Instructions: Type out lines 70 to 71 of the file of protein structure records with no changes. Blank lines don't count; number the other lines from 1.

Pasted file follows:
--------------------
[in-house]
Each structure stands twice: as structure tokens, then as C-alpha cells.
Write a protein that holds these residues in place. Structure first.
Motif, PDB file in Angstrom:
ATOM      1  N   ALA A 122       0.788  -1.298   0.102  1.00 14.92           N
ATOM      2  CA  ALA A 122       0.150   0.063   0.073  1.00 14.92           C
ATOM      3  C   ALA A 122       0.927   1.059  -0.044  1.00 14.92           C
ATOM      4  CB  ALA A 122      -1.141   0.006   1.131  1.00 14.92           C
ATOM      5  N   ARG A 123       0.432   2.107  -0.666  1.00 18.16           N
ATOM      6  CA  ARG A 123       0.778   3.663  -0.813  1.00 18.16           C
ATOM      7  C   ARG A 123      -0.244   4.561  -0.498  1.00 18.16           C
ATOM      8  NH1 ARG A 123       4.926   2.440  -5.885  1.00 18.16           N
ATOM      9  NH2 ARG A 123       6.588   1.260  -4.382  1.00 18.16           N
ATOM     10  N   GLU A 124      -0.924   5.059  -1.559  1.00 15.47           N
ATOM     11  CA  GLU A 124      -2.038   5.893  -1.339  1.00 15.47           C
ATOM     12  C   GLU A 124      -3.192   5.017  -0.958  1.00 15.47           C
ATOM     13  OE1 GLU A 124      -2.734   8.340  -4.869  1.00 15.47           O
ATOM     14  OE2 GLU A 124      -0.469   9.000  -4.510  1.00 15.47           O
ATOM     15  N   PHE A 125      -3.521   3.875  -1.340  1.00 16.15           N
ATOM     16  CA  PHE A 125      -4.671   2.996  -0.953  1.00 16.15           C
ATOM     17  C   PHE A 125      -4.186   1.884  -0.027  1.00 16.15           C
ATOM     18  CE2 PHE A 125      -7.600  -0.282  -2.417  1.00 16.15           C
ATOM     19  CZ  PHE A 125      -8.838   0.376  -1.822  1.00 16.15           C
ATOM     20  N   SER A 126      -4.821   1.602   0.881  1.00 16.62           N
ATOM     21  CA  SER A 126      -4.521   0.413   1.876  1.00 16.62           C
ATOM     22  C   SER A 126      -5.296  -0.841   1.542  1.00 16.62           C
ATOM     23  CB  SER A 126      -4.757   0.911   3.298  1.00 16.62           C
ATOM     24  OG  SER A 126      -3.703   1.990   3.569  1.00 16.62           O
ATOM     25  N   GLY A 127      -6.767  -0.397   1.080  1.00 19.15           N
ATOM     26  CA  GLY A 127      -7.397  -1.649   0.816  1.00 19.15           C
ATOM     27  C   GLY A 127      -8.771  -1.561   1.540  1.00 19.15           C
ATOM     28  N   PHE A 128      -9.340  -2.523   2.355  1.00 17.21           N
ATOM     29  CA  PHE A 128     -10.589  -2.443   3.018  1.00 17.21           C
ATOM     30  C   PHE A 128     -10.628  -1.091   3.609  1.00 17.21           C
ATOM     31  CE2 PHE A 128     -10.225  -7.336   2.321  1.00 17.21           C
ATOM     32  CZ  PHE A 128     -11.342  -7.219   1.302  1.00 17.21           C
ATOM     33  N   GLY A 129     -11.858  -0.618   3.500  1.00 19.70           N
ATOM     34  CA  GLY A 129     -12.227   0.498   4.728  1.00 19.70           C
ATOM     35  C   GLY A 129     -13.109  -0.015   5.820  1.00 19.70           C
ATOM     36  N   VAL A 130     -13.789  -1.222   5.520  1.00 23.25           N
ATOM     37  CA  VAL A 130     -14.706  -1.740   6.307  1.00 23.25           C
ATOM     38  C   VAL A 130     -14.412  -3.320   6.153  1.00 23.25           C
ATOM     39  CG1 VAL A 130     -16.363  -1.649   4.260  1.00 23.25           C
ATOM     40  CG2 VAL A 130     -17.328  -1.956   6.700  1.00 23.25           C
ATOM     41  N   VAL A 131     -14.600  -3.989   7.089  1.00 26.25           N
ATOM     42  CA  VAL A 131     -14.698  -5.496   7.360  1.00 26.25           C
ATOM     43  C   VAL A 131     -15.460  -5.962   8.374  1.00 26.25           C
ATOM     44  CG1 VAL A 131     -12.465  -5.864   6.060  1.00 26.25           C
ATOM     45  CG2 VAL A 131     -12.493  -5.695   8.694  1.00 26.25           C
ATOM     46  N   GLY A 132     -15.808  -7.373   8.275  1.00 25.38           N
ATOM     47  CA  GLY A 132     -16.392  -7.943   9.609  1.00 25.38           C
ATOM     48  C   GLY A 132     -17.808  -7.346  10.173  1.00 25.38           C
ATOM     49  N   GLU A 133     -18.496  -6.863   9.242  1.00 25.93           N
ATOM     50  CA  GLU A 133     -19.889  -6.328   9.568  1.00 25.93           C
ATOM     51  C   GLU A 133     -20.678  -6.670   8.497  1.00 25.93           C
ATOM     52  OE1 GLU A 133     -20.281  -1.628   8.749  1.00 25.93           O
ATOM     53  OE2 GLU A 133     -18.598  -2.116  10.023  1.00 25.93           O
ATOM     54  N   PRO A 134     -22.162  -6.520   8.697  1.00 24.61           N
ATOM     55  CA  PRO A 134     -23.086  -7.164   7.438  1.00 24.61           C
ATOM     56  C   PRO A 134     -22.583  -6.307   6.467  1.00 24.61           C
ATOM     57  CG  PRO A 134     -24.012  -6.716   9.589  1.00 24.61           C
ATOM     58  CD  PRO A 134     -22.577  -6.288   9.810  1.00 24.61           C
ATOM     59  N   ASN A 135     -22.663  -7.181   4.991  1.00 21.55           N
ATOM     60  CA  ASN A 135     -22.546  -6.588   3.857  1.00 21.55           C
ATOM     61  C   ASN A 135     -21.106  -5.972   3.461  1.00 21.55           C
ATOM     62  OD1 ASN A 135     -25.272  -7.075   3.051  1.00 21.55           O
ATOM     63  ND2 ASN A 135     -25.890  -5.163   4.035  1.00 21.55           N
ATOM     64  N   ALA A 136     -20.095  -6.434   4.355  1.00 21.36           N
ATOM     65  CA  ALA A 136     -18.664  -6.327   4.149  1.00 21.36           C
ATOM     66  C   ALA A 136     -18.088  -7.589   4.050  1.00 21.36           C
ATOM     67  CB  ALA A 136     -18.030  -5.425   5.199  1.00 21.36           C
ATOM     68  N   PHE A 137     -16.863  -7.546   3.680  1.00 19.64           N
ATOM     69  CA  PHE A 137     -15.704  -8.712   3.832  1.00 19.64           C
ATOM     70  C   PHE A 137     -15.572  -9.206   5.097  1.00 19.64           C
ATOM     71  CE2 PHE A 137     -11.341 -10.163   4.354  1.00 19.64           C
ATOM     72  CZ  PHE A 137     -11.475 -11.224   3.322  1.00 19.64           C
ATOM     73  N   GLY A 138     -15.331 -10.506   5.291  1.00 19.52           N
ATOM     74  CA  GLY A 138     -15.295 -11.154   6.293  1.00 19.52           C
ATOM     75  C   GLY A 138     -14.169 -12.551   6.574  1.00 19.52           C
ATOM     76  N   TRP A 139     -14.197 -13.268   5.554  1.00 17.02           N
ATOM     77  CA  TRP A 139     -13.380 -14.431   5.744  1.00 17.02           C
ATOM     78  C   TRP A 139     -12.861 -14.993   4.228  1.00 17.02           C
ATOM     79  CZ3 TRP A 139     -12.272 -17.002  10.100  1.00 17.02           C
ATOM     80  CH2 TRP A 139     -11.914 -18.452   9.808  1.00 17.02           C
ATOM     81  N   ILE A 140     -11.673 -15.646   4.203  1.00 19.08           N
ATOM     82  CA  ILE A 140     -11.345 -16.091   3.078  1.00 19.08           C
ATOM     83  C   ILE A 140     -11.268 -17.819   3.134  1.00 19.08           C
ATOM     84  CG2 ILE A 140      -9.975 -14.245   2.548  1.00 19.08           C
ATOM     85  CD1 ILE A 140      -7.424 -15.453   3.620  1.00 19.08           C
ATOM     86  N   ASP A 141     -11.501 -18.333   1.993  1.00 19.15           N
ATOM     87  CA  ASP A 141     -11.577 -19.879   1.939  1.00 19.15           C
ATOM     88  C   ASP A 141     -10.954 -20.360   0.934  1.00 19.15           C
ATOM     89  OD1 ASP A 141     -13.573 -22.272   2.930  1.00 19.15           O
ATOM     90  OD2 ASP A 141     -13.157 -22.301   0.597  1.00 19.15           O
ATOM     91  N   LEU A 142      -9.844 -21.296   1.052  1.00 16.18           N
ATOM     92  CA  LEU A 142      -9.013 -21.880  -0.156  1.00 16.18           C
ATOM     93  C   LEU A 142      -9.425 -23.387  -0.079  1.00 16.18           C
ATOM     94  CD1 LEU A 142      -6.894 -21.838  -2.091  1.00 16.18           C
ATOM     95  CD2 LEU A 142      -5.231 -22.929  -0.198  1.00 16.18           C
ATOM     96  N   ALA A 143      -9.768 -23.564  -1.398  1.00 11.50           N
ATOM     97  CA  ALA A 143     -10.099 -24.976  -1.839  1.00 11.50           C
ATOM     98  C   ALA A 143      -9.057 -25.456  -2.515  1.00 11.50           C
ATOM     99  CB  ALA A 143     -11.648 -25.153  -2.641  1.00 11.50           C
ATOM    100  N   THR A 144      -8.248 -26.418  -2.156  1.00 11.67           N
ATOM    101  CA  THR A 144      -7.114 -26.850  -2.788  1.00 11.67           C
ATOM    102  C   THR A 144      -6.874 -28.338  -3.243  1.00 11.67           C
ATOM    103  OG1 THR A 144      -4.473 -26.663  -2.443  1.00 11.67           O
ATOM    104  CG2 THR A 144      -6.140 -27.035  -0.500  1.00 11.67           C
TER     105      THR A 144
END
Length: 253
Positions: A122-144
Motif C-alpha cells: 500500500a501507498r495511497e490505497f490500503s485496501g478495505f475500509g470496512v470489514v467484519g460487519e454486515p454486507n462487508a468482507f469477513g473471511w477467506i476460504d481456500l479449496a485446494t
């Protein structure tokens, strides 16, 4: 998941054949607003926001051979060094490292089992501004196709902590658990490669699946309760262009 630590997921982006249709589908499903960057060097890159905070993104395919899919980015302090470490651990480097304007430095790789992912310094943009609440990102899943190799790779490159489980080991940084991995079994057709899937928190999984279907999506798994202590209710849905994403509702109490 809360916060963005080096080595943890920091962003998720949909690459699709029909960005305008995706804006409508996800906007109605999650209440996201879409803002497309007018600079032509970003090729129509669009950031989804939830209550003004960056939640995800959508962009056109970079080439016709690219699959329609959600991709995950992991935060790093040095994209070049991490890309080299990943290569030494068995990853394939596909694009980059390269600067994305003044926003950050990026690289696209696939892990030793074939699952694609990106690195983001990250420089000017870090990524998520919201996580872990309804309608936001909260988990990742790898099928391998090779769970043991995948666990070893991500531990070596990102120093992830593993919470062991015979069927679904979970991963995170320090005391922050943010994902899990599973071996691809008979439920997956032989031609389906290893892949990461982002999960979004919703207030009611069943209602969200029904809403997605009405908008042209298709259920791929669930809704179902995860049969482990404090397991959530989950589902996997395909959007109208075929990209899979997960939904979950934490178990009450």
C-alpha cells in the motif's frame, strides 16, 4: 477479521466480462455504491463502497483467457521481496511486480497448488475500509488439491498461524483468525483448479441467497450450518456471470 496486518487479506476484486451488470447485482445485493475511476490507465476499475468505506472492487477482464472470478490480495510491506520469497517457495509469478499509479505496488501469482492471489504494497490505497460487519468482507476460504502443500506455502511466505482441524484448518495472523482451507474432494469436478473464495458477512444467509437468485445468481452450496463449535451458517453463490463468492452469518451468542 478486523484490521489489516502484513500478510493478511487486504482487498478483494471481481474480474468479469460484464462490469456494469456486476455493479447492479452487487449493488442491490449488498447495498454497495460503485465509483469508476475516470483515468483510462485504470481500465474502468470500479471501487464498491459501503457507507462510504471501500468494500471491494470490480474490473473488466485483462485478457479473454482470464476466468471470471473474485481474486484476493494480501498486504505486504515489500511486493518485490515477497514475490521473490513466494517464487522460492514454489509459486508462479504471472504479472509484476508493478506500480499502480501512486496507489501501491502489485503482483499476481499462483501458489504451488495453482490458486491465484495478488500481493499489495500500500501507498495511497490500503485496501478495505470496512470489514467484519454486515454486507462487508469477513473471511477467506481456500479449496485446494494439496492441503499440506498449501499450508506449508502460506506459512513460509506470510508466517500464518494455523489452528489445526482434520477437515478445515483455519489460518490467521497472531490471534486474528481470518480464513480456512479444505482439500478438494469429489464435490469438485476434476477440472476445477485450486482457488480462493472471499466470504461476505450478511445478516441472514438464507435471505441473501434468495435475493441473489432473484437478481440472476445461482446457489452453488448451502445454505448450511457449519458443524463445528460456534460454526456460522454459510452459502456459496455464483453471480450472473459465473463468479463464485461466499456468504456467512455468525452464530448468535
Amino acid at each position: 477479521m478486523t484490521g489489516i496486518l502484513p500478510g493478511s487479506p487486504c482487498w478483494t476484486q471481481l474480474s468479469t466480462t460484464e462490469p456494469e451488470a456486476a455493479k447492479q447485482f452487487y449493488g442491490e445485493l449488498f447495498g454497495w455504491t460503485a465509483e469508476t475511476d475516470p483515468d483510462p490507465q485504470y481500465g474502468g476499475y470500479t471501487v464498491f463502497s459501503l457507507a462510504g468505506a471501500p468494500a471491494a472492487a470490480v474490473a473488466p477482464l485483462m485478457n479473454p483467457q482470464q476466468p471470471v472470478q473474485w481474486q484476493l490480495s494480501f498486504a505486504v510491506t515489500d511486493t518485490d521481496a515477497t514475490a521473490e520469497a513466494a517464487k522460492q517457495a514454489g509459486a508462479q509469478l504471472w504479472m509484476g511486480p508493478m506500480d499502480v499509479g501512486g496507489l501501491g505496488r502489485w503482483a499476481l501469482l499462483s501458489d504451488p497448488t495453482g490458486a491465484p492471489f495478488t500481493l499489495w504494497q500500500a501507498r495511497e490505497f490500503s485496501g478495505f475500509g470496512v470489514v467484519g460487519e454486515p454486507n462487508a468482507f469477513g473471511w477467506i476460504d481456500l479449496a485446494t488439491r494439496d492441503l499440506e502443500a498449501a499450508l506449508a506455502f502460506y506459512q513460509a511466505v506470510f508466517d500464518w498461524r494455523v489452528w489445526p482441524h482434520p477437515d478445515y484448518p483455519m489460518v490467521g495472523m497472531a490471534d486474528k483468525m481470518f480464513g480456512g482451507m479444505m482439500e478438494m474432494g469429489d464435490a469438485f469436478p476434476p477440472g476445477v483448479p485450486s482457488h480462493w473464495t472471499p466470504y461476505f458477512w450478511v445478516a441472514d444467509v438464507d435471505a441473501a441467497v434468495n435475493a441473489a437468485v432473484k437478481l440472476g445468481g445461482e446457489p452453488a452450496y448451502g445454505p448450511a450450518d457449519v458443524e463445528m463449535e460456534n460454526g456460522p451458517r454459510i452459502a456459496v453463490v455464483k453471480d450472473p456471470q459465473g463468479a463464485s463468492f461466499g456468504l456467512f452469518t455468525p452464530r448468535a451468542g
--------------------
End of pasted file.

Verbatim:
ATOM     66  C   ALA A 136     -18.088  -7.589   4.050  1.00 21.36           C
ATOM     67  CB  ALA A 136     -18.030  -5.425   5.199  1.00 21.36           C